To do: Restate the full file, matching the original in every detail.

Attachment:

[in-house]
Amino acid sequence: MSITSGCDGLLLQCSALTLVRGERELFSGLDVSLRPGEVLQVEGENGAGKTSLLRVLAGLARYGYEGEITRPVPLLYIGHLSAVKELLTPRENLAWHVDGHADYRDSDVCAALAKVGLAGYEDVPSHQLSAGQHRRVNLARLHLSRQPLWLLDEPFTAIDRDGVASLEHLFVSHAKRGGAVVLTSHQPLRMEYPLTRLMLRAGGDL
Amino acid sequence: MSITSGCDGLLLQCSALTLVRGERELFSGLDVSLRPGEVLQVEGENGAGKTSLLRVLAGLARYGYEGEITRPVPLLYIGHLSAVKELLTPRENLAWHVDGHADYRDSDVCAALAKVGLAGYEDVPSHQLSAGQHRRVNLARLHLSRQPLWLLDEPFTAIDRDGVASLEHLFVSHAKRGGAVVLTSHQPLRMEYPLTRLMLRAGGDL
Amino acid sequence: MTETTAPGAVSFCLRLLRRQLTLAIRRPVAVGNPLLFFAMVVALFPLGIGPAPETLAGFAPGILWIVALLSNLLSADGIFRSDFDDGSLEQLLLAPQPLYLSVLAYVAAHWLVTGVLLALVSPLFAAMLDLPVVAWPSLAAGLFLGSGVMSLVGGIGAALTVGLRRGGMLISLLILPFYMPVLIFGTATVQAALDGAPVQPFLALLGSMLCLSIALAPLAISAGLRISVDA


[in-house]
Amino acid sequence: MSITSGCDGLLLQCSALTLVRGERELFSGLDVSLRPGEVLQVEGENGAGKTSLLRVLAGLARYGYEGEITRPVPLLYIGHLSAVKELLTPRENLAWHVDGHADYRDSDVCAALAKVGLAGYEDVPSHQLSAGQHRRVNLARLHLSRQPLWLLDEPFTAIDRDGVASLEHLFVSHAKRGGAVVLTSHQPLRMEYPLTRLMLRAGGDL
Amino acid sequence: MSITSGCDGLLLQCSALTLVRGERELFSGLDVSLRPGEVLQVEGENGAGKTSLLRVLAGLARYGYEGEITRPVPLLYIGHLSAVKELLTPRENLAWHVDGHADYRDSDVCAALAKVGLAGYEDVPSHQLSAGQHRRVNLARLHLSRQPLWLLDEPFTAIDRDGVASLEHLFVSHAKRGGAVVLTSHQPLRMEYPLTRLMLRAGGDL
Amino acid sequence: MTETTAPGAVSFCLRLLRRQLTLAIRRPVAVGNPLLFFAMVVALFPLGIGPAPETLAGFAPGILWIVALLSNLLSADGIFRSDFDDGSLEQLLLAPQPLYLSVLAYVAAHWLVTGVLLALVSPLFAAMLDLPVVAWPSLAAGLFLGSGVMSLVGGIGAALTVGLRRGGMLISLLILPFYMPVLIFGTATVQAALDGAPVQPFLALLGSMLCLSIALAPLAISAGLRISVDA